Pain Characterization and Prior Pain Treatment among Patients Initiating Opioid Agonist Therapy for Opioid Dependence
Unalleviated pain is common in patients receiving opioid agonist treatment (OAT) for opioid dependence and is related to poor psychosocial functioning and increased psychological distress. Additionally, few OAT programs have dedicated pain-treatment services. This needs-assessment study explored the prevalence and nature of pain and prior pain treatment among patients enrolling in OAT, focusing specifically on complementary and alternative approaches to pain management. The sample included 293 opioid-dependent participants consecutively enrolled in OAT over a 6-month period at a private community-based addiction treatment center.
- Eighty-eight percent of participants (n=257) reported having pain within the last week. Of these, 17% reported mild pain, 44% reported moderate pain, and 39% reported severe or unbearable pain.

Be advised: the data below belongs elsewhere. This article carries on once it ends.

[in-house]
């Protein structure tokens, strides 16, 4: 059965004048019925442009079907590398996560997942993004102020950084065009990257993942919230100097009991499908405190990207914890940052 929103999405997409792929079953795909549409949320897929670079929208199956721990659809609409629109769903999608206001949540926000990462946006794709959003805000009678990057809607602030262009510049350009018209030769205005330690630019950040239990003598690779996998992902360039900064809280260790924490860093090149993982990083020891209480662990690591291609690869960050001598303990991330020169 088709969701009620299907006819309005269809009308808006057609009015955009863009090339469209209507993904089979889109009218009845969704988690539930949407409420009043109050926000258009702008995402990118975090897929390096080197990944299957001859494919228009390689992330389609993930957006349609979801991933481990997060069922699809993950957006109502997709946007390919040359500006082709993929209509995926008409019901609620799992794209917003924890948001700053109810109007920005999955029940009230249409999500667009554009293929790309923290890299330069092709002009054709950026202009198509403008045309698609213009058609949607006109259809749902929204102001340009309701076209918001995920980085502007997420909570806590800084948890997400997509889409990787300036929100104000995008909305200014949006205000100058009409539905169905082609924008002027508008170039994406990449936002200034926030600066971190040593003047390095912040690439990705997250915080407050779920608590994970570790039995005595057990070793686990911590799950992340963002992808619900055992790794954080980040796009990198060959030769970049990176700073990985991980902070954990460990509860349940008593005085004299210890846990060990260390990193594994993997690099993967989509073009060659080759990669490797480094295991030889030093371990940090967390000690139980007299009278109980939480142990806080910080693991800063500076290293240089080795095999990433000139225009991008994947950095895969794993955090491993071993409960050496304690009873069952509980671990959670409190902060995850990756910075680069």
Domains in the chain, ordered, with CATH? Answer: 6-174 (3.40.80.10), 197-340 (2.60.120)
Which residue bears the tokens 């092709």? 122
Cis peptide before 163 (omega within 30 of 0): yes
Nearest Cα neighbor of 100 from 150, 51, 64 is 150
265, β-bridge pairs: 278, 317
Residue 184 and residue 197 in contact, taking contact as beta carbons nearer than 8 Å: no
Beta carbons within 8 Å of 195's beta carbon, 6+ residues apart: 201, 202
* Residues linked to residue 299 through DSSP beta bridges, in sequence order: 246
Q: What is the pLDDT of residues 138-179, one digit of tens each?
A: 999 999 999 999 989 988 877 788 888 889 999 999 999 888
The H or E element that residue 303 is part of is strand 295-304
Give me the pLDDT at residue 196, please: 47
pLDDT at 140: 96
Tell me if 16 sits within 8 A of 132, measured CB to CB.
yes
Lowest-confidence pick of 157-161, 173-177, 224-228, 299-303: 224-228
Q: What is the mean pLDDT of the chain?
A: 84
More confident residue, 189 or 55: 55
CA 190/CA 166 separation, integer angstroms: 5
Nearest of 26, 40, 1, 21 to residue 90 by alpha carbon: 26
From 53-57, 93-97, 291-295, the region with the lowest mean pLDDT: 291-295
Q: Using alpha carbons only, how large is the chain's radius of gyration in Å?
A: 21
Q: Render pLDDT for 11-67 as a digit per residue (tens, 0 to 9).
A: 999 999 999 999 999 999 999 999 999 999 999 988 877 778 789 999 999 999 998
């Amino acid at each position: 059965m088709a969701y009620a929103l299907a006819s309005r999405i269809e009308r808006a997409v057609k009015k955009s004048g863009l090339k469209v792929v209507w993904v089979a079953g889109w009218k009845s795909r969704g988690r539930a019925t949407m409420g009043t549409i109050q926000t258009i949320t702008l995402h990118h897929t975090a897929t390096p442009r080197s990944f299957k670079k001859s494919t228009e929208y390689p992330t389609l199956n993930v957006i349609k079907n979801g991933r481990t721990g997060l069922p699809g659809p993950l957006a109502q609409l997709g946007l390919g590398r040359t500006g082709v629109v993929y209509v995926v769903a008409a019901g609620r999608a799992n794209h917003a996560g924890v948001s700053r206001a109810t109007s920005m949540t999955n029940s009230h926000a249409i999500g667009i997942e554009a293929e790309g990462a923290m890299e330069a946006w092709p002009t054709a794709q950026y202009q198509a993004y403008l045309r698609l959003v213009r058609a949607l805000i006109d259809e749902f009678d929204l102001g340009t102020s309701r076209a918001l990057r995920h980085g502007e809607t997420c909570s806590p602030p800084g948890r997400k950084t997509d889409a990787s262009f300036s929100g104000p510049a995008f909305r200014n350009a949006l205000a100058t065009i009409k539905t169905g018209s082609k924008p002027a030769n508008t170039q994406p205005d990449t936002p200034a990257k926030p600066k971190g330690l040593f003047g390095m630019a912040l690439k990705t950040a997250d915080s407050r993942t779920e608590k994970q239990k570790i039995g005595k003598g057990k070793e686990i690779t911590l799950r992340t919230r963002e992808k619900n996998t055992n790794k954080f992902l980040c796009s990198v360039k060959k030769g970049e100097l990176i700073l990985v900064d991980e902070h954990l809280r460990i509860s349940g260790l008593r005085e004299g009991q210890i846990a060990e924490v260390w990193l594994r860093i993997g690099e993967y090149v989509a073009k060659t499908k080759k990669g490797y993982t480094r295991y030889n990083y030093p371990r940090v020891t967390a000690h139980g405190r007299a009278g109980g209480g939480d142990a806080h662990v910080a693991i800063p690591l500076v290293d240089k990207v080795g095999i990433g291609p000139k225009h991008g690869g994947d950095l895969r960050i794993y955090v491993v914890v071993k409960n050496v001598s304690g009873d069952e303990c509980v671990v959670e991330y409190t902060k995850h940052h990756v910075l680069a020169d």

- Sixty-seven percent of participants reporting moderate, severe, or unbearable pain described a lifetime history of chronic pain.
- Participants reporting recent pain of at least moderate intensity used conventional pain-management approaches more often than complementary or alternative approaches. The most common conventional approach was over-the-counter pain medication (>40%), and the most common alternative approach was prayer (>20%).
- Nearly 30% of all participants reported past-week use of opioid medication. Thirteen percent of participants who did not have a lifetime history of chronic pain and 20% of those who did reported using benzodiazepines in the past 7 days for pain relief.
- Sixty-seven percent of participants supported integrating pain-treatment services into the OAT program.